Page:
Medal of Honor Warfighter multiplayer's buddy system
The US government may tell us all it's an army of one, but Danger Close games is making a good case for the buddy system. At the heart of Medal of Honor: Warfighter is an interesting co-op dynamic, where two players are paired together into a fire team.

There are six different classes in total that can pair up to form interesting compliments to each other; however, from the first moments of Medal of Honor: Warfighter multiplayer, Danger Close oddly chose to have one class unlocked. It takes a few hours before you have them all unlocked, as I experienced during a recent private multiplayer event. (You can sample the multiplayer now in an exclusive Xbox Live beta.)

The initial barriers to other classes is a very odd design decision, meant to ease you into the experience. For someone like myself who has played tons of shooters and is well-versed in class-based multiplayer, it was an unnecessary stopgap and only served to invalidate the single best feature in multiplayer: fire teams.
After a few hours, I had several classes unlocked and was familiar with each, bringing out the true power of the fire team mechanic. There are tons of different combinations for different situations – a particularly effective combo involved the demolitions class, a walking tank with extra body armor and an automatic shotgun. The demolitions class has a visor that can be lowered for even greater defense, making for a great mobile shield the other player can hide behind.

In addition to having a pal in battle, fire teams provide an added benefit of sharing ammo and being able to see your teammate through walls. Your team mate is highlighted in green and when engaged by the enemy, flashes red. In the situation where you're paired with a stranger who doesn't use their headset, it's a handy tool allowing for tactical maneuvering. Let them go into a room and you can flank.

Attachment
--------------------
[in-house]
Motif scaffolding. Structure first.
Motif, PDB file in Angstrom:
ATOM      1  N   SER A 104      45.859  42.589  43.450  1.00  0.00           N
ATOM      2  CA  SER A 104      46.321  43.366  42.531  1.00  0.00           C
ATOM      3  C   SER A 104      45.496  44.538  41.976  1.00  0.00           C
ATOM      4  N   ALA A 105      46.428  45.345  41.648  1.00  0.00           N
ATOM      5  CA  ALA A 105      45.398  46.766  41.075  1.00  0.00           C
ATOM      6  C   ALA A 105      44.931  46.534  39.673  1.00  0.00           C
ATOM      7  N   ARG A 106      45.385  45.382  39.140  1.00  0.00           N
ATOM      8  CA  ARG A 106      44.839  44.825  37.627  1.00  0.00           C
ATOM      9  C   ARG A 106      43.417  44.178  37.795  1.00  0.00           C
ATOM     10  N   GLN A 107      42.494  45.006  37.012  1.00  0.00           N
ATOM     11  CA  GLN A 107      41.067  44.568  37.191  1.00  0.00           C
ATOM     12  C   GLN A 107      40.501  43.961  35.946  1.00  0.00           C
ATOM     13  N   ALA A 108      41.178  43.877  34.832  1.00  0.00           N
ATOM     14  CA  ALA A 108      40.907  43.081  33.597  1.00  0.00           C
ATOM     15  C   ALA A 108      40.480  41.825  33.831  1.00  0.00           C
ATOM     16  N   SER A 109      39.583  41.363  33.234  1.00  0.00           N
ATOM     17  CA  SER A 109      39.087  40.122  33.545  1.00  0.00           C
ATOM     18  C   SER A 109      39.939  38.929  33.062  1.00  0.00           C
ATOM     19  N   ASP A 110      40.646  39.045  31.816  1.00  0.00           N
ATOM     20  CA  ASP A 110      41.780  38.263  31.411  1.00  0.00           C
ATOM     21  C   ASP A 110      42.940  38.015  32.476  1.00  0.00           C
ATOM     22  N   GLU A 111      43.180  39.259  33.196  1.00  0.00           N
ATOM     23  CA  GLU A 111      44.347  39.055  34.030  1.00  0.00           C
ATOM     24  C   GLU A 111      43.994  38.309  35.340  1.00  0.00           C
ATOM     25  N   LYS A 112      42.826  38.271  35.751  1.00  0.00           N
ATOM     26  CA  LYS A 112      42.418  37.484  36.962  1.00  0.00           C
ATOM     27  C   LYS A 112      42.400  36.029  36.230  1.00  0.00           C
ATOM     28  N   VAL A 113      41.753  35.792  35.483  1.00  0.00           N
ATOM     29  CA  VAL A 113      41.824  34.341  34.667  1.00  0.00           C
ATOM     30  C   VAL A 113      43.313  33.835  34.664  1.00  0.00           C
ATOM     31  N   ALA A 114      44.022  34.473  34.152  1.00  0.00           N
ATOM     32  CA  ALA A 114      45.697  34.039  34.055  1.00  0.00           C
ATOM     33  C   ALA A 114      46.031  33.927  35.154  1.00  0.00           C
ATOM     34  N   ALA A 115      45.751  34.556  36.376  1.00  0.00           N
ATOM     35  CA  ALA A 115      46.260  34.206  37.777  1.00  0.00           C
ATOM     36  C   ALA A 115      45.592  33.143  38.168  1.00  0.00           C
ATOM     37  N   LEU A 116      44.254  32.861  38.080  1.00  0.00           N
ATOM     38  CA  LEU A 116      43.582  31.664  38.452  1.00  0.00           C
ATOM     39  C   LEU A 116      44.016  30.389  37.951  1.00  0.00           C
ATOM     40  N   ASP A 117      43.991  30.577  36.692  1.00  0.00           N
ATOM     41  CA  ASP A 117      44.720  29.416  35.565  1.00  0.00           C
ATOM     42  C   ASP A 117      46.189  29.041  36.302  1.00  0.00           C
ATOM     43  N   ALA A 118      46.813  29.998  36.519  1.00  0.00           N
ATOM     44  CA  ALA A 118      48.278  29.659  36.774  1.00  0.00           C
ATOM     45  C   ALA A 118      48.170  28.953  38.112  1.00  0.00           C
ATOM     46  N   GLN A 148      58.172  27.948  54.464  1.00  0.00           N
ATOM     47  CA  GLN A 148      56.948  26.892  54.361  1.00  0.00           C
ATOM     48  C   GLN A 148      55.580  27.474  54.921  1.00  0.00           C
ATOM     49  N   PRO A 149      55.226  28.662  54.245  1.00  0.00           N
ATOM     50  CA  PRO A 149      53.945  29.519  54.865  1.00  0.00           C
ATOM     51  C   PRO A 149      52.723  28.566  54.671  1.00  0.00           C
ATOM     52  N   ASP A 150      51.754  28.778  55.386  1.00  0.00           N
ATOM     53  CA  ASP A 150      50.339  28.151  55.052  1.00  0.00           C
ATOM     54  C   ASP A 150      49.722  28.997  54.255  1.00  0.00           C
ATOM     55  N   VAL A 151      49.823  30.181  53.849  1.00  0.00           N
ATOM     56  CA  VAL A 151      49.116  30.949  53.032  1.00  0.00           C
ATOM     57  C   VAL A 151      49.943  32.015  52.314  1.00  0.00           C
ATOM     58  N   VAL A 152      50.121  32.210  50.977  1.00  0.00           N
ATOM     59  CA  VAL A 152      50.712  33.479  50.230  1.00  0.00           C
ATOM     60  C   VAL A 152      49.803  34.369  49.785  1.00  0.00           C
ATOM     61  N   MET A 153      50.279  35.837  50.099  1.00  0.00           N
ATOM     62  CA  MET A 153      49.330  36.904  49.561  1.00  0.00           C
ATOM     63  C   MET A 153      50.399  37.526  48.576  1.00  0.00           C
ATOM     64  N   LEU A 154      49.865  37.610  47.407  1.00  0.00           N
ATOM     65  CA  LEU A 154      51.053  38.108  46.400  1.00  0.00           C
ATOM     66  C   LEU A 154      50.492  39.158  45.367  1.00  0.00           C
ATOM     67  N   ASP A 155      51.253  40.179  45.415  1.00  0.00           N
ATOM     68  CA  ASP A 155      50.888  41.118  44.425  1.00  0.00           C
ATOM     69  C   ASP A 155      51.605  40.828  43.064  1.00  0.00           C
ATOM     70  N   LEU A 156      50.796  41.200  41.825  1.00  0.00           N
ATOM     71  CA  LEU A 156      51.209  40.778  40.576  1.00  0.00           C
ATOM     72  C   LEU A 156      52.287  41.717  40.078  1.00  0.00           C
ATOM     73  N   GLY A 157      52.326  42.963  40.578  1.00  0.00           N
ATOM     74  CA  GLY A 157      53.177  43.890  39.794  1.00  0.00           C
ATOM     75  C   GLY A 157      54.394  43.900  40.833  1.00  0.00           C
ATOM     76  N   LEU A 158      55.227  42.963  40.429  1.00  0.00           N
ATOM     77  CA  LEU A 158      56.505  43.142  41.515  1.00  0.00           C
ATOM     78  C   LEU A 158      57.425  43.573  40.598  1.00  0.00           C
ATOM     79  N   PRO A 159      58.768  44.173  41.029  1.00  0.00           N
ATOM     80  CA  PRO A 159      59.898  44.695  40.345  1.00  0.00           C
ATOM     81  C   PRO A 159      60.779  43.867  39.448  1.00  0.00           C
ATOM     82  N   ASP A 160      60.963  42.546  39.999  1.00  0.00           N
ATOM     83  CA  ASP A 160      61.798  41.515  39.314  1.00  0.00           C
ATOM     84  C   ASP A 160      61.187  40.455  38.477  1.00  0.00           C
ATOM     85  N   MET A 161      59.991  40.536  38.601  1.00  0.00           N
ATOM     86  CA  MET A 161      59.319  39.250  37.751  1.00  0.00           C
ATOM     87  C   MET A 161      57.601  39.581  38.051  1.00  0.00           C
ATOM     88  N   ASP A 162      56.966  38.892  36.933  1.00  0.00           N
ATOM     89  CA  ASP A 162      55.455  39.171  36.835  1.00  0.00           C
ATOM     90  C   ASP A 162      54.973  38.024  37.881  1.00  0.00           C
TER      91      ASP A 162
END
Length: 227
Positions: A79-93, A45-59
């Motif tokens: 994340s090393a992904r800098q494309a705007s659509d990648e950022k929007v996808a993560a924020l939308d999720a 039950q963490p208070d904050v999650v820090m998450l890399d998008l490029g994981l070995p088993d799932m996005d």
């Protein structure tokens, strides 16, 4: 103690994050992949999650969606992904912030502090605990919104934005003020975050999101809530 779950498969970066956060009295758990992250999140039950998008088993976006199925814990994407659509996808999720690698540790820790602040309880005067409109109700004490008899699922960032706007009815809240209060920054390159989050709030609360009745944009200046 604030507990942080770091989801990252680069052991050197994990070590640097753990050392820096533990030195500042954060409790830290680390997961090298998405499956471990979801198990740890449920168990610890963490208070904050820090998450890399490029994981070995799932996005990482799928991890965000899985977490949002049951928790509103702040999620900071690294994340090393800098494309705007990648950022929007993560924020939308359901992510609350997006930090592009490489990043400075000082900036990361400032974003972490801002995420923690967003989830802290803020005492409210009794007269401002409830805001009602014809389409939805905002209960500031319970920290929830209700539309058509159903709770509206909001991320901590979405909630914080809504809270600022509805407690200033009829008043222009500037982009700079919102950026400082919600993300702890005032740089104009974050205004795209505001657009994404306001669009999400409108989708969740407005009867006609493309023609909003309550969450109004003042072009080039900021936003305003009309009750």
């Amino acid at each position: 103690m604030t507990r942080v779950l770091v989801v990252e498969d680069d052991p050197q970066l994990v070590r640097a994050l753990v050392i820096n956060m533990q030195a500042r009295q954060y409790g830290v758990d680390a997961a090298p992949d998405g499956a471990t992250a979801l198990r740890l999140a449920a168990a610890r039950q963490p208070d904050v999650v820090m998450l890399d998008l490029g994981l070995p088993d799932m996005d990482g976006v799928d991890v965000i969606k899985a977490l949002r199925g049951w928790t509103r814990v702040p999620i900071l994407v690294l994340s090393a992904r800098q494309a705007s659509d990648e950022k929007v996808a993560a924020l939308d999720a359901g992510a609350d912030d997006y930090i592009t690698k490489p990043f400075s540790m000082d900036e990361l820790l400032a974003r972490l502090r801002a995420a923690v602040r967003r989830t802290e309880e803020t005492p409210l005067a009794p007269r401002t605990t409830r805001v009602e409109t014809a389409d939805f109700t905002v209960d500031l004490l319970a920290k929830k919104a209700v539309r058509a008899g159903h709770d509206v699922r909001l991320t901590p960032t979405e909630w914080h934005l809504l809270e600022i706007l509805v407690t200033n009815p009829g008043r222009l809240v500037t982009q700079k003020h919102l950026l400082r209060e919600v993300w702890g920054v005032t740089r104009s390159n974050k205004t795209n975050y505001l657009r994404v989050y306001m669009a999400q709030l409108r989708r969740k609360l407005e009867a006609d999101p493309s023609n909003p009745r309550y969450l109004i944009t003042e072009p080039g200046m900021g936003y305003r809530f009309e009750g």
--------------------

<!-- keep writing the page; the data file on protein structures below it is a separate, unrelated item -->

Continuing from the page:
Sticking with your partner is essential. Doing anything while in proximity of your pal increases earned points, for example. Team actions in Medal of Honor: Warfighter like securing objectives, assisting in kills and taking down enemies yields greater rewards as well. It's also much easier to unlock your class-specific bonus weapons: get a kill streak and you may choose between two different bonuses, like a grenade launcher, mobile radar jammer or unmanned drones.

Note: The reason the game kept defaulting to the Sniper class was due to a bug in this preview build.

Medal of Honor: Warfighter multiplayer creative director Kristoffer Bergqvist told me it'd take 60 hours to unlock everything included in multiplayer, but adds that progress never really reaches a ceiling. Along with Battlelog integration, you can unlock Warfighter Tokens in-game, which can be spent on the web portal to give you XP boosts within the game. The integration includes some standard features, too, such as forming a clan and scouring stats and leaderboards.

Medal of Honor: Warfighter features a lot of the same elements found in other multiplayer shooters, but the fire team mechanic adds a new wrinkle that makes it easier to excel. Getting one pal to play online versus finding an entire squad to coordinate is a simpler, and more realistic scenario as well. Functionally and mechanically it's a very viable system.

While at first glance Medal of Honor: Warfighter may seem like it doesn't do much to differentiate itself from other military shooters, the fire team mechanic is interesting enough to help it stand out. I just wish I had access to all of the classes right away so I could have seen the feature's potential much sooner.

Medal of Honor: Warfighter launches for the PC, Xbox 360, and PlayStation 3 on October 23.

This article was originally published on Joystiq.